Blackstone’s India co-head of PE leaves the firm

The New York-based investment firm’s India team will now be headed by senior managing director Amit Dixit.

Mathew Cyriac, senior managing director and co-head of private equity in India, has resigned from Blackstone to set up his own investment firm, according to a source familiar with the matter.

Amit Dixit, senior managing director and India co-head of private equity at Blackstone, will now lead the firm’s team in India, according to a media report.

Cyriac’s departure was first reported by The Economic Times.

“He is a talented investor who has played a role in sourcing and executing some of our most successful transactions in the region,” said Baratta in an email response to The Economic Times. “All of us at Blackstone wish him well as he embarks on his newest pursuit and look forward to continued association and friendship.”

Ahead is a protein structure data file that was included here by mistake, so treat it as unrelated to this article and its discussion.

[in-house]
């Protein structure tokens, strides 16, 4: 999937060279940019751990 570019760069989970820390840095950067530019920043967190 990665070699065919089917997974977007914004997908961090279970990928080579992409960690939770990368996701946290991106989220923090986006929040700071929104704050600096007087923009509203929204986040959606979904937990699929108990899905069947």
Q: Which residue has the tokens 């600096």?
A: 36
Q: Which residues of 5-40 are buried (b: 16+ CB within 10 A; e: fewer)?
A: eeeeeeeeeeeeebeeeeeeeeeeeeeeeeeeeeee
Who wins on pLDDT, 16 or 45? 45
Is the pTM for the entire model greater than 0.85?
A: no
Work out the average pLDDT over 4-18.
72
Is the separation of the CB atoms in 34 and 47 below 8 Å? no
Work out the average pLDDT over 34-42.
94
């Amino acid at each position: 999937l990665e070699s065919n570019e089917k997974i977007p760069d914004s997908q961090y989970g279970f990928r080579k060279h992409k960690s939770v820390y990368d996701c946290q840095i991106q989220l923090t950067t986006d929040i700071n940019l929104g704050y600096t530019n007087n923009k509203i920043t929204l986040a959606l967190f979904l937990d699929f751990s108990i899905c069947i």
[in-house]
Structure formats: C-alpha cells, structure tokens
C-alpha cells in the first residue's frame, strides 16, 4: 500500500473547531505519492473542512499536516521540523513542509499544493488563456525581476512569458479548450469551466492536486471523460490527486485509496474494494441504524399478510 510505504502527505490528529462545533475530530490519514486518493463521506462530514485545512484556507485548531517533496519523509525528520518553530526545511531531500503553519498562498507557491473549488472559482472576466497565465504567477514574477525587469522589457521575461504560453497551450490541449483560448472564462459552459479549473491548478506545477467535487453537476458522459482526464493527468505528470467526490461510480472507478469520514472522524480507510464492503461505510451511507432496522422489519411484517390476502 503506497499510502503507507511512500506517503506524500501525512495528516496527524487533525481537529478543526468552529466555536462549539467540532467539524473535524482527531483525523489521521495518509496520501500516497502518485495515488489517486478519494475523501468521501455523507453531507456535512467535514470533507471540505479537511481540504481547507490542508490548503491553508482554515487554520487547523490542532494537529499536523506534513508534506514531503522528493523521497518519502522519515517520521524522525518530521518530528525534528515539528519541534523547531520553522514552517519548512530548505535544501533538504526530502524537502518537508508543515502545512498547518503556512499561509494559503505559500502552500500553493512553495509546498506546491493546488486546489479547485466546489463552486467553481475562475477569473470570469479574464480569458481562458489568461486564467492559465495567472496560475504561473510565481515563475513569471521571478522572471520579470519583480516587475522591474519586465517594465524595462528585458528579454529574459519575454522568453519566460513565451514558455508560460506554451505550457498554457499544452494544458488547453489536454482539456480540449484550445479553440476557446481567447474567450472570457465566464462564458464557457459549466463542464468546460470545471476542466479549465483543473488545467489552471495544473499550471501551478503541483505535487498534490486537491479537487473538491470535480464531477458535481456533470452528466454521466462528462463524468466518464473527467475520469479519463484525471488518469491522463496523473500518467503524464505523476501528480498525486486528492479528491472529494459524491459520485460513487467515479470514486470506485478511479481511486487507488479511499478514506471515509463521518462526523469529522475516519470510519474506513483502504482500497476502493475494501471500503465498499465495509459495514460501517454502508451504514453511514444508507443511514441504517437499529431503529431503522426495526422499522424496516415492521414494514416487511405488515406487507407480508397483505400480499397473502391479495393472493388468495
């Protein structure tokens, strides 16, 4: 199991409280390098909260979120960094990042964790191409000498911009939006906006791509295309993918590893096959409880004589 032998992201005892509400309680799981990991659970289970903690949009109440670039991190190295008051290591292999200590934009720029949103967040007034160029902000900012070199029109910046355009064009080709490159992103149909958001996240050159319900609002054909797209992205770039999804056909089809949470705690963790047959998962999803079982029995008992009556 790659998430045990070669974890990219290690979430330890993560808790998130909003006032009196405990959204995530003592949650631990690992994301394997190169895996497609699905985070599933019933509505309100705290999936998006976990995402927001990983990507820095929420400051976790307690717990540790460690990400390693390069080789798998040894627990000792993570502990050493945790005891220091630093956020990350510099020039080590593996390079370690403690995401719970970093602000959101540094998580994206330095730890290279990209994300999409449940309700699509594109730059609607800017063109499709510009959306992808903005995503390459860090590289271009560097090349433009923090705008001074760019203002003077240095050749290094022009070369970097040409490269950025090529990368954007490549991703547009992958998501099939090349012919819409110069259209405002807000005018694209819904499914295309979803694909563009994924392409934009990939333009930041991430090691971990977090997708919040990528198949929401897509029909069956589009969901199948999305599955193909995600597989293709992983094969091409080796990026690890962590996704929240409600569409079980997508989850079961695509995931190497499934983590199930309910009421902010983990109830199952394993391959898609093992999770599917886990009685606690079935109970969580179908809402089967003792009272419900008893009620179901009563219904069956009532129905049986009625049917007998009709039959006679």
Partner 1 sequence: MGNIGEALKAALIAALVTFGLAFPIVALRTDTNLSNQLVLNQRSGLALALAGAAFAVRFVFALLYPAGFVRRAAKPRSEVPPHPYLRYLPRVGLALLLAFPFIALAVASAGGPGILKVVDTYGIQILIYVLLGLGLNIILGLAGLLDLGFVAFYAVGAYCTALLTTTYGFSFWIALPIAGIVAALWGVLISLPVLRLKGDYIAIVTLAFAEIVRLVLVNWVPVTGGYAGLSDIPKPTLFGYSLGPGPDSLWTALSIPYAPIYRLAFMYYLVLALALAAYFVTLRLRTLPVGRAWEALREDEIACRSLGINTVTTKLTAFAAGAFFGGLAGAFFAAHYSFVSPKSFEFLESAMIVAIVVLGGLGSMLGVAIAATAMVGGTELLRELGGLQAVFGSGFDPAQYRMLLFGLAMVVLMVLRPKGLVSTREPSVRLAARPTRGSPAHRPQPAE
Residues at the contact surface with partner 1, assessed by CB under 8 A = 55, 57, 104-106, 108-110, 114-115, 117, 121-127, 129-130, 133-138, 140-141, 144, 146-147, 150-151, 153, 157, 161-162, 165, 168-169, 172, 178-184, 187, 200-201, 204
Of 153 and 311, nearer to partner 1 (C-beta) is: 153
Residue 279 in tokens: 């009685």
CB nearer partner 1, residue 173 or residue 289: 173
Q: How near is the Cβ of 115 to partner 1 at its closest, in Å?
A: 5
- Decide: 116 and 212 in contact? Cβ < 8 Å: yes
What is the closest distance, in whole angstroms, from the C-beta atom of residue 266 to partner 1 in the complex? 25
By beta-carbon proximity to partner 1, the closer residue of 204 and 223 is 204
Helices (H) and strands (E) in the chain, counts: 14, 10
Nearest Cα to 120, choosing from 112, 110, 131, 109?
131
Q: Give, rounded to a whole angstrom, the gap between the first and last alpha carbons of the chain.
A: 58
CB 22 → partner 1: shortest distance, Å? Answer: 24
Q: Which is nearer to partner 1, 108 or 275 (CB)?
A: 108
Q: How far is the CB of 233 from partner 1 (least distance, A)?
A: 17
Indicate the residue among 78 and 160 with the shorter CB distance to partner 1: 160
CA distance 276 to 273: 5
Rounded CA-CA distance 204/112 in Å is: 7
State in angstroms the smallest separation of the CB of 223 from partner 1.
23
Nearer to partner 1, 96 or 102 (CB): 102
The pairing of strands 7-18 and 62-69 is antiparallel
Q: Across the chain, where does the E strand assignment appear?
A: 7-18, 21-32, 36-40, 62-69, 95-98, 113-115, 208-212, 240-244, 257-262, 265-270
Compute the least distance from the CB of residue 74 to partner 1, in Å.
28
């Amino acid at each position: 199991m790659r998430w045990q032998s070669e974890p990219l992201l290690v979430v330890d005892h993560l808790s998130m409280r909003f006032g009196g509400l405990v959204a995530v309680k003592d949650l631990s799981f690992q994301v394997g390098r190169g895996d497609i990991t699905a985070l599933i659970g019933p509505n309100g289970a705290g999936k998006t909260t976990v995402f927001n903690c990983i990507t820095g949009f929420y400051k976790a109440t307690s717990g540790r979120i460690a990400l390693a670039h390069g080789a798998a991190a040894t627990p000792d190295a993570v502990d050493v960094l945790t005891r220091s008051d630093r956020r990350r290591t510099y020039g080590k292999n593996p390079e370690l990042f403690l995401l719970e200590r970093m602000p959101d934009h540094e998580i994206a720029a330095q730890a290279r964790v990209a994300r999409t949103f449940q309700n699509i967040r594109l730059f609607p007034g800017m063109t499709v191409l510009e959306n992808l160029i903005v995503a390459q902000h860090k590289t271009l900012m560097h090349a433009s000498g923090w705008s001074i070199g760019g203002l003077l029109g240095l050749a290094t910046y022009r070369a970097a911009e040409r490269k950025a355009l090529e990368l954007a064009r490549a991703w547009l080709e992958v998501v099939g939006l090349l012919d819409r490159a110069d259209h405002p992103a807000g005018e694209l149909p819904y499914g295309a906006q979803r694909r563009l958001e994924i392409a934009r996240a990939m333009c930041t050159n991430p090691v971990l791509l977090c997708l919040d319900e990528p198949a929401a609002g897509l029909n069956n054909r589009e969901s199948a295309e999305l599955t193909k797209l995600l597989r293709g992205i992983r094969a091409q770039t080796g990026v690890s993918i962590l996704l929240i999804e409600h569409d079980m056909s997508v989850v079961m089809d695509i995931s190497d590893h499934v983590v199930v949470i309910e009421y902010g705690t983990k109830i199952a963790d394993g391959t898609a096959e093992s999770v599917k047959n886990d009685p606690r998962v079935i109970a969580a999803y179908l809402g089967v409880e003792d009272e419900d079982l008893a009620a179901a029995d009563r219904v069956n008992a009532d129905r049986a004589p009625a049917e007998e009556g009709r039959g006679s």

Cyriac joined Blackstone in 2006 and has been involved in the firm’s investments in Allcargo Global Logistics, CMS Infosystems, FINO, FTIL, Gateway Rail, Gokaldas Exports, International Tractors, MCX, MTAR Technologies and Nuziveedu Seeds. He also serves on the boards of CMS Info Systems, FINO, Gateway Rail, Gokaldas Exports, International Tractors and MTAR, according to Blackstone’s website.

Before joining Blackstone, Cyriac served as head of corporate development & strategy of iGATE Corporation and chief financial officer of Quintant Services. Earlier in his career, he worked in the Investment Banking Group at Credit Suisse and the Investment Banking Division of Bank of America.

Blackstone, which raised $70 billion in 2016, last year made its largest deal in India, investing about $825 million for a 84 percent stake in Bangalore-headquartered IT services provider Mphasis.

The firm, with over $366 billion in assets, has invested more than $6 billion in private equity and real estate in India since 2005. Blackstone is also reportedly readying its second Asia-focused private equity real estate investment fund with target of at least $5 billion